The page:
Office of the Secretary
Ethical Principles and Guidelines for the Protection of Human Subjects of Research
The National Commission for the Protection of Human Subjects of Biomedical and Behavioral Research
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AGENCY: Department of Health, Education, and Welfare.
ACTION: Notice of Report for Public Comment.
SUMMARY: On July 12, 1974, the National Research Act (Pub. L. 93-348) was signed into law, there-by creating the National Commission for the Protection of Human Subjects of Biomedical and Behavioral Research. One of the charges to the Commission was to identify the basic ethical principles that should underlie the conduct of biomedical and behavioral research involving human subjects and to develop guidelines which should be followed to assure that such research is conducted in accordance with those principles. In carrying out the above, the Commission was directed to consider: (i) the boundaries between biomedical and behavioral research and the accepted and routine practice of medicine, (ii) the role of assessment of risk-benefit criteria in the determination of the appropriateness of research involving human subjects, (iii) appropriate guidelines for the selection of human subjects for participation in such research and (iv) the nature and definition of informed consent in various research settings.
The Belmont Report attempts to summarize the basic ethical principles identified by the Commission in the course of its deliberations. It is the outgrowth of an intensive four-day period of discussions that were held in February 1976 at the Smithsonian Institution's Belmont Conference Center supplemented by the monthly deliberations of the Commission that were held over a period of nearly four years. It is a statement of basic ethical principles and guidelines that should assist in resolving the ethical problems that surround the conduct of research with human subjects. By publishing the Report in the Federal Register, and providing reprints upon request, the Secretary intends that it may be made readily available to scientists, members of Institutional Review Boards, and Federal employees. The two-volume Appendix, containing the lengthy reports of experts and specialists who assisted the Commission in fulfilling this part of its charge, is available as DHEW Publication No. (OS) 78-0013 and No. (OS) 78-0014, for sale by the Superintendent of Documents, U.S. Government Printing Office, Washington, D.C. 20402.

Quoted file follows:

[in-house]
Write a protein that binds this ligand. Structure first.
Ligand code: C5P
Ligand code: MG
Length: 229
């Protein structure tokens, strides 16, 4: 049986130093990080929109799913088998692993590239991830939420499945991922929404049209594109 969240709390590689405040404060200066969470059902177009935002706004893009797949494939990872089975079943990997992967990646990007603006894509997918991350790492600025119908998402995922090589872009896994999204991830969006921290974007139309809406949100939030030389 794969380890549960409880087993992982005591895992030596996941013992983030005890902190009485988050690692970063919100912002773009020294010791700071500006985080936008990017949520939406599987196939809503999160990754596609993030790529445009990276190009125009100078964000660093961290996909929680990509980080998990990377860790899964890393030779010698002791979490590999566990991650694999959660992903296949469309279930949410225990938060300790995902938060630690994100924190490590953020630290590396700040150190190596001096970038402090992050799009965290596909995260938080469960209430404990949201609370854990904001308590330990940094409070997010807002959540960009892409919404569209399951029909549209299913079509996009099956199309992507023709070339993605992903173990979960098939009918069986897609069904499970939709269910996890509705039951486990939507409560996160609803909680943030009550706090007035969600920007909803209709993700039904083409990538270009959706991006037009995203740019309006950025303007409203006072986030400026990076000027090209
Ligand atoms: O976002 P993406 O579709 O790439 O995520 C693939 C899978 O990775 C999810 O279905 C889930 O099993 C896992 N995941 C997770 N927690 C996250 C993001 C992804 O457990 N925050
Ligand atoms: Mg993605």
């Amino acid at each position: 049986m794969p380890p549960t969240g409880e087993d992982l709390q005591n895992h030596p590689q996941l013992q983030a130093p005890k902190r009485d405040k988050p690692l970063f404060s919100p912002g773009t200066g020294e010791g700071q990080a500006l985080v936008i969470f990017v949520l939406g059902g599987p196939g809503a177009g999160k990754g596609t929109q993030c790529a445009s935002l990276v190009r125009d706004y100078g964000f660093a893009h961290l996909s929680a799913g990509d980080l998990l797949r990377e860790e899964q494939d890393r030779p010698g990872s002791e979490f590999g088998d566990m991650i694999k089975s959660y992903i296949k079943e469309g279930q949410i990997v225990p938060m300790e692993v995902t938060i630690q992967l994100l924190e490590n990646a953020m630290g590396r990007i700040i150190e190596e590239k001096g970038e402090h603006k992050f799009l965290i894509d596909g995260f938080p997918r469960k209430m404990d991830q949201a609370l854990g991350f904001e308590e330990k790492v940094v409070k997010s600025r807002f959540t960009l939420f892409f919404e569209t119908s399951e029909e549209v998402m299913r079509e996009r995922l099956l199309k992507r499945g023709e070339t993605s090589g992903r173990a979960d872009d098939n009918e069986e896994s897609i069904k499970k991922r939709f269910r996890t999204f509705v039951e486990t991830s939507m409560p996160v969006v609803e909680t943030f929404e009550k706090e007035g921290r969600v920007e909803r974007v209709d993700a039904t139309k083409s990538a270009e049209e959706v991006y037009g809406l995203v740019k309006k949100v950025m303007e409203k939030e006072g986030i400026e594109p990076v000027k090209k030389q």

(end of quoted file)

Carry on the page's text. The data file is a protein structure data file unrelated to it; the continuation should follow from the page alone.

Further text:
Unlike most other reports of the Commission, the Belmont Report does not make specific recommendations for administrative action by the Secretary of Health, Education, and Welfare. Rather, the Commission recommended that the Belmont Report be adopted in its entirety, as a statement of the Department's policy. The Department requests public comment on this recommendation.
National Commission for the Protection of Human Subjects of Biomedical and Behavioral Research
Members of the Commission
Kenneth John Ryan, M.D., Chairman, Chief of Staff, Boston Hospital for Women.
Joseph V. Brady, Ph.D., Professor of Behavioral Biology, Johns Hopkins University.
Robert E. Cooke, M.D., President, Medical College of Pennsylvania.
Dorothy I. Height, President, National Council of Negro Women, Inc.
Albert R. Jonsen, Ph.D., Associate Professor of Bioethics, University of California at San Francisco.
Patricia King, J.D., Associate Professor of Law, Georgetown University Law Center.
Karen Lebacqz, Ph.D., Associate Professor of Christian Ethics, Pacific School of Religion.
*** David W. Louisell, J.D., Professor of Law, University of California at Berkeley.
Donald W. Seldin, M.D., Professor and Chairman, Department of Internal Medicine, University of Texas at Dallas.
***Eliot Stellar, Ph.D., Provost of the University and Professor of Physiological Psychology, University of Pennsylvania.
*** Robert H. Turtle, LL.B., Attorney, VomBaur, Coburn, Simmons & Turtle, Washington, D.C.
Table of Contents
Ethical Principles and Guidelines for Research Involving Human Subjects
A. Boundaries Between Practice and Research
B. Basic Ethical Principles
Respect for Persons
Assessment of Risk and Benefits
Selection of Subjects
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